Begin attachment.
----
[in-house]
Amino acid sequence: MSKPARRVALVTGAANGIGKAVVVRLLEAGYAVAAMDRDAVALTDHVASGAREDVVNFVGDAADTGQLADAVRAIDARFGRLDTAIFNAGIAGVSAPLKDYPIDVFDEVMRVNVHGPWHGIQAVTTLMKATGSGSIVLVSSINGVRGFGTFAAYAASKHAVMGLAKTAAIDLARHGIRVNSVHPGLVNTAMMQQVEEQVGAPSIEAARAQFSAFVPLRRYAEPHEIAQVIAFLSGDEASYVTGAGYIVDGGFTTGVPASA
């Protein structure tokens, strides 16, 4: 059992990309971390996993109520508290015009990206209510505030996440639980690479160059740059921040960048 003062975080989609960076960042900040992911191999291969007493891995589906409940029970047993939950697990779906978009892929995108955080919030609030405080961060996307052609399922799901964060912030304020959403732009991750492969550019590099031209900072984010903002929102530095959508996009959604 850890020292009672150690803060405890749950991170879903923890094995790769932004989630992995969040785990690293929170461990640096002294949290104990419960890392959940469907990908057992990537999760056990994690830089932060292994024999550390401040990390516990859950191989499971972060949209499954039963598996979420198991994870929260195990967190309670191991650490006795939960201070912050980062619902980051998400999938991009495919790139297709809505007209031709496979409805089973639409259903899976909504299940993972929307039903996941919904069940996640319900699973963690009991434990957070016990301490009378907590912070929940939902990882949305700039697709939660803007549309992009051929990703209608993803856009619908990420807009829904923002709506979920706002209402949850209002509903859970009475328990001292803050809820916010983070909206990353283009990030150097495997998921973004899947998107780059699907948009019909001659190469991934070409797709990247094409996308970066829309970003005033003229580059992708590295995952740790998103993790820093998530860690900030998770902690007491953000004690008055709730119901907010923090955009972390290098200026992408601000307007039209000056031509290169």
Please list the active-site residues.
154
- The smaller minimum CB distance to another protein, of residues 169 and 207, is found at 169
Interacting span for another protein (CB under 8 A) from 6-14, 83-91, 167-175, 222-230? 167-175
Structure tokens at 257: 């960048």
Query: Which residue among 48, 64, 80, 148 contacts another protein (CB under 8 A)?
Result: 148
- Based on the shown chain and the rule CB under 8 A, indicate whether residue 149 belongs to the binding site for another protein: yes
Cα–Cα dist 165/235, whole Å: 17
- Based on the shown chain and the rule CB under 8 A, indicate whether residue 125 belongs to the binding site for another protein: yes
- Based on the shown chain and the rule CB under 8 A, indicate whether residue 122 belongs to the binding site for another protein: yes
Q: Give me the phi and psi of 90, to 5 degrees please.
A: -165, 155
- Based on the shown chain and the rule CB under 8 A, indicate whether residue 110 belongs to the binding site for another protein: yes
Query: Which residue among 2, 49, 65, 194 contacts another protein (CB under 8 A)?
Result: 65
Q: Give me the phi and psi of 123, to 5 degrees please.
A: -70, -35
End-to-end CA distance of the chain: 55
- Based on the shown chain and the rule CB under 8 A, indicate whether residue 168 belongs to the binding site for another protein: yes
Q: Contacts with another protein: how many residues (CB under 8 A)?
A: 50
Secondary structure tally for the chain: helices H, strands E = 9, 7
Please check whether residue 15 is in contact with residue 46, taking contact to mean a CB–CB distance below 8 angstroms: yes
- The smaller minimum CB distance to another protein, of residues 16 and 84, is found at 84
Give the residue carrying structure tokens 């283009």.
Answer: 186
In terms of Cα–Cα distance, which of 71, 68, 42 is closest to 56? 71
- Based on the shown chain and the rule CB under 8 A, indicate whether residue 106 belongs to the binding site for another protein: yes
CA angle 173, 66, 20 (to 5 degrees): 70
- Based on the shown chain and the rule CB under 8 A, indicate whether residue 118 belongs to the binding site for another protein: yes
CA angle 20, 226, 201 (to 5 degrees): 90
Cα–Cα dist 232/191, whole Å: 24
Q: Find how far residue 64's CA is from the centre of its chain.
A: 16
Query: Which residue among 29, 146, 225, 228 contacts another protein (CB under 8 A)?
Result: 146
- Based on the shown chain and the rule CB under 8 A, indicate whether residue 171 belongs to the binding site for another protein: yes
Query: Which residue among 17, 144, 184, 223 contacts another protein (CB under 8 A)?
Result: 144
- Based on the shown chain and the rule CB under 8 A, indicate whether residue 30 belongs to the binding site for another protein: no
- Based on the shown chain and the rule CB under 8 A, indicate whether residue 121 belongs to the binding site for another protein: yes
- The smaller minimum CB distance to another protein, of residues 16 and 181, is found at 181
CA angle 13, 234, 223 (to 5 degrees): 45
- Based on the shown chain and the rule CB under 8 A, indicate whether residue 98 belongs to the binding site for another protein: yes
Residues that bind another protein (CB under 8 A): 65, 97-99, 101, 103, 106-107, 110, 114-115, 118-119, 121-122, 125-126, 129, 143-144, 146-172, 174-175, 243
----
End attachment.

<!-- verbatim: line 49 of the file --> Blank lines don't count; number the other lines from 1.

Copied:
Residues that bind another protein (CB under 8 A): 65, 97-99, 101, 103, 106-107, 110, 114-115, 118-119, 121-122, 125-126, 129, 143-144, 146-172, 174-175, 243